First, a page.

Long reads

Why software engineers will never be replaced With NoOps

Rob Zuber

Rob Zuber

CTO, CircleCI

NoOps (no operations) is the concept that an IT environment can be automated and abstracted enough from the underlying infrastructure that there is no requirement for a dedicated team to manage its software in-house.

In 2019, global consultancy Deloitte listed NoOps among its tech trends to watch out for, declaring it the “next state in the evolution of cloud computing” which “automates key tasks, allowing IT talent to shift focus from operations to outcomes.”

The simplest analysis tends to project that jobs for software developers will decrease with more automation, but the likelihood of that outcome is very low. For most software developers, the ongoing shift to higher levels of abstraction is great news–more time spent delivering customer value and less time dealing with manual tasks. More importantly, as any engineering leader will tell you, there is always far more work to be done than their teams can ever support. Spending less time on operational tasks just means more time spent on the things that can truly differentiate the business.

Since its inception, the history of software development has been a slow and steady movement away from the complexities of the machine towards more human-oriented interactions. From writing assembler to managing memory to building data centres, most developers are now abstracted from things that were once common tasks. But that doesn't mean they are doing less. In fact, from a business perspective, they are likely doing more. They are applying a much greater proportion of that time and energy to what matters for the business.

When it comes to business outcomes, fast is always better than slow, and given the same set of high-level abstractions or tooling, a skilled software practitioner will still be the fastest and most productive user of these tools.

Faced with the choice between the same outcome with less investment or bigger outcomes with the same investment, most business leaders will choose the latter. Getting there in the world of software means having the same skilled developers and minimising everything they do that doesn't drive customer value.

The path to this focus on delivering quickly against customer value is also built on some foundations that themselves demand experienced software engineers, including:

An increasingly complex software supply chain 

Software supply chains include anything that impacts an application from development through production. In modern software development, only a small percentage of an application is built by in-house engineers writing custom code. Rather, apps are stitched together by combining pre-existing components collected from across the internet: a supply chain of code and APIs. 

The complexity can be staggering. There's so much change coming from so many sources: People, machines, and the software supply chain, itself all but untrackable for many complex software organisations. Global financial institutions operate across borders, languages, and regulatory markets. They offer a huge variety of products and services and keep track of billions of rows of data.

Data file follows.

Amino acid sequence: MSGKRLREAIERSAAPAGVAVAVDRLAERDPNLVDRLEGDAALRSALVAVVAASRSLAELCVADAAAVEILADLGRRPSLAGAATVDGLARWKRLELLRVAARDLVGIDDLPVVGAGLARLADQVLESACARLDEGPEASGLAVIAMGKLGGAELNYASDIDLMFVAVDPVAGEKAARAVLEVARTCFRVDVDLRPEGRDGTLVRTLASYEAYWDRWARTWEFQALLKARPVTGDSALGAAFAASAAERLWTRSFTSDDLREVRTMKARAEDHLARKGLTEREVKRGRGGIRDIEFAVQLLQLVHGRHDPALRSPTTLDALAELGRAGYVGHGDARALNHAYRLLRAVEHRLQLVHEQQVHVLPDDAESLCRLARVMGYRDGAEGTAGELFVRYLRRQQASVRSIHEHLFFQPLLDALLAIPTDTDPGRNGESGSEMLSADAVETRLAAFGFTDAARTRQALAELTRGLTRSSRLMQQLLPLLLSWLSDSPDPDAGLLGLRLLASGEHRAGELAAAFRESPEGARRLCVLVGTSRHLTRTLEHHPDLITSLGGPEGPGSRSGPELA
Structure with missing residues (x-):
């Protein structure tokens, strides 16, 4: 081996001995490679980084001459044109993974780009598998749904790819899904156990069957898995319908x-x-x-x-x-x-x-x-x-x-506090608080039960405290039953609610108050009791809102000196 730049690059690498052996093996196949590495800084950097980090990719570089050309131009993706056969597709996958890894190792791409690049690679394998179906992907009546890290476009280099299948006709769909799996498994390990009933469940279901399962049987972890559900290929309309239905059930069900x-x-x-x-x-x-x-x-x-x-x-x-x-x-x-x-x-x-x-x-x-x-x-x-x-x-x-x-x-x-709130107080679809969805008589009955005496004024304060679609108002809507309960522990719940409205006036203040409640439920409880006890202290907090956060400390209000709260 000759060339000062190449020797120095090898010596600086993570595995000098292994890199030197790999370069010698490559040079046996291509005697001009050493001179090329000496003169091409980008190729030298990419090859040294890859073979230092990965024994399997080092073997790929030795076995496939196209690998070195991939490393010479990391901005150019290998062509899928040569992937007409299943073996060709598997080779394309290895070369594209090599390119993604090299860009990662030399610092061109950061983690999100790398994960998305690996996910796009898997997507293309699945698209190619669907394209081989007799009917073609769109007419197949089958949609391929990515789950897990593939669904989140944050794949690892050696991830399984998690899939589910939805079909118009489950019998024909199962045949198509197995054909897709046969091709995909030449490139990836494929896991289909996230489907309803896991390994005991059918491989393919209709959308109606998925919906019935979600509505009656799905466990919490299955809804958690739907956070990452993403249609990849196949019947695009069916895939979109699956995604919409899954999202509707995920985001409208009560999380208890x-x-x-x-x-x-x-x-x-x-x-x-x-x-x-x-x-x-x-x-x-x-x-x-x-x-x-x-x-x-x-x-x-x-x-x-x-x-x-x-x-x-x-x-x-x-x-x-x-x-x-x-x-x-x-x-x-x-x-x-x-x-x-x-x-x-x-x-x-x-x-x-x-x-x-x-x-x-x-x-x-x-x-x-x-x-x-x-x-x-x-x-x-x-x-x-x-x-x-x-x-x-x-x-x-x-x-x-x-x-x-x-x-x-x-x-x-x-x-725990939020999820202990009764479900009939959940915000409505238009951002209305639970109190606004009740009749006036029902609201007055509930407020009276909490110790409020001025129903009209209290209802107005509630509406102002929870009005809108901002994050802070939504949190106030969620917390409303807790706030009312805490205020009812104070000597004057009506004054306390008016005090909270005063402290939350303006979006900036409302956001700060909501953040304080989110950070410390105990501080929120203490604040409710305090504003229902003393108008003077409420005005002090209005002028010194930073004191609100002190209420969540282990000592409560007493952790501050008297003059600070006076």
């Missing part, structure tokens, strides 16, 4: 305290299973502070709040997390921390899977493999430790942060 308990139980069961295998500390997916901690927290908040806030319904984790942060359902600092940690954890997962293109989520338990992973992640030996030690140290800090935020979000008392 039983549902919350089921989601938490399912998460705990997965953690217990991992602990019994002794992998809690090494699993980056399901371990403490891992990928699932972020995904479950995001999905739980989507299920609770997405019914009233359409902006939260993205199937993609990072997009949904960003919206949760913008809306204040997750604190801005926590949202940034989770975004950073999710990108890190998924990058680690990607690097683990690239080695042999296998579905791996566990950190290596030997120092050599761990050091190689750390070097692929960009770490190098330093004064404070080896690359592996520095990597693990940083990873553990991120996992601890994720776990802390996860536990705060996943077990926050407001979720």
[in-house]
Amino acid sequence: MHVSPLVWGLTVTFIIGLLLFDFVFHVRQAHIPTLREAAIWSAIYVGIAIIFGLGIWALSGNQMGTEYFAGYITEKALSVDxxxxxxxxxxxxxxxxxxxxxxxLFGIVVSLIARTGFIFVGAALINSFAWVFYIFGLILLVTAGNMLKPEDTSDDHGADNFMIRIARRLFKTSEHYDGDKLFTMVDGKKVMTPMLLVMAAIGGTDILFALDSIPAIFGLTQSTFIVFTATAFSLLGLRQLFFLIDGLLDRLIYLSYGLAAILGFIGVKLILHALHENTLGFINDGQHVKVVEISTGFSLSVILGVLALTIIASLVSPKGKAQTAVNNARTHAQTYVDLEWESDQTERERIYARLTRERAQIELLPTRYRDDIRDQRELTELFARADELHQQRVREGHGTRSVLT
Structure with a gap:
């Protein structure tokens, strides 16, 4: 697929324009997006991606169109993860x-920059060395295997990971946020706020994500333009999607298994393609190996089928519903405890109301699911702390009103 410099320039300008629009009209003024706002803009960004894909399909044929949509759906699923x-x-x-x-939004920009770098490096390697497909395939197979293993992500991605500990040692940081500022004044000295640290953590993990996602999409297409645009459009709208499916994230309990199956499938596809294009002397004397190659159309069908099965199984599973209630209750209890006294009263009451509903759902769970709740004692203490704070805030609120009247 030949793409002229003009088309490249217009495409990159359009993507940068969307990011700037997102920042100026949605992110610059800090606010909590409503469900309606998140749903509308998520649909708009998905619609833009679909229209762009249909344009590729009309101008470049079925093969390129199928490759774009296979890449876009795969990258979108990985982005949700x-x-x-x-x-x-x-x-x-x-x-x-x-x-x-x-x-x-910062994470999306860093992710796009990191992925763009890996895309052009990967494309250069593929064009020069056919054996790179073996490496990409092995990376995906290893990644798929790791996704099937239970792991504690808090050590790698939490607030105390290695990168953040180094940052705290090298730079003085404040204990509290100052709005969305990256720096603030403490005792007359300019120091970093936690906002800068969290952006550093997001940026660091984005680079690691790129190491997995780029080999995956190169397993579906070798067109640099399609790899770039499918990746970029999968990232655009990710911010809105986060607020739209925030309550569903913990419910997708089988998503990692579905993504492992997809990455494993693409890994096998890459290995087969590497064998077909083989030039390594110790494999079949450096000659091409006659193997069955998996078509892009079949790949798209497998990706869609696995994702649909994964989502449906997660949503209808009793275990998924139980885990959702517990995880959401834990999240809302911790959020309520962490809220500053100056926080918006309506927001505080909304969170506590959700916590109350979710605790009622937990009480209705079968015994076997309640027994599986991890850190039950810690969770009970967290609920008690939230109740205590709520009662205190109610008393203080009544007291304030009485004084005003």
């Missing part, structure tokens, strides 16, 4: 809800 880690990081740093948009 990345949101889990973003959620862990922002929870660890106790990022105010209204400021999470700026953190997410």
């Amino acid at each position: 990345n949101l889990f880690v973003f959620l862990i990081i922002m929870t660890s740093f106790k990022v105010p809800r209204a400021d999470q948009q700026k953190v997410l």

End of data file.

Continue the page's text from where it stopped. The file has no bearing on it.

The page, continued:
The ability to reason effectively about, and manage the evolution of, such a complex system is a key skill of the experienced software developer. This experience is most critical when things go wrong and someone needs to understand all the interactions to fix them.

People are required to build 

At the end of the day, businesses are trying to differentiate. While more and more of the building blocks of software development can be taken "off the shelf," it is the unique combination of those pieces that can set companies apart. Every business has access to the same building blocks, so the ability to quickly build on top of those is where the competitive advantage comes from, ultimately putting the human developer in the spotlight. 

NoOps, or the components thereof, represent a subset of the building blocks that are constantly evolving in the world of software, focusing our most skilled developers on the core customer value and less on the mechanics.

Aspiring to more

Deloitte pointed to Netflix, Coca-Cola, and the New York Times pushing towards an ultimate goal of NoOps through the intermediate stage of serverless computing. While this model reduces the operational burden on organisations, it requires relearning and redesigning how applications function. The development effort to orient existing systems into a NoOps world, in each of its phases, should not be underestimated.

Every tool that we add to our toolbox gives us the opportunity to move faster and achieve greater outcomes. The teams that are best able to capitalise on each of those tools will remain the ones with deep software experience who are able to learn and adapt quickly.

NoOps and other trends that we’ll be adopting in the future are symptoms or steps forward towards more focus on value delivery. Where we once dreamed of the ability to automate punchcards, today we have the opportunity to deliver meaningful work that maps back to our customers' needs. 

We can operate at this velocity because of skilled people and great tools. The human in the loop will not be replaced at any conceivable time to come, they will do more with less and do it faster. The most skilled will move the fastest and the businesses built by those people will win.

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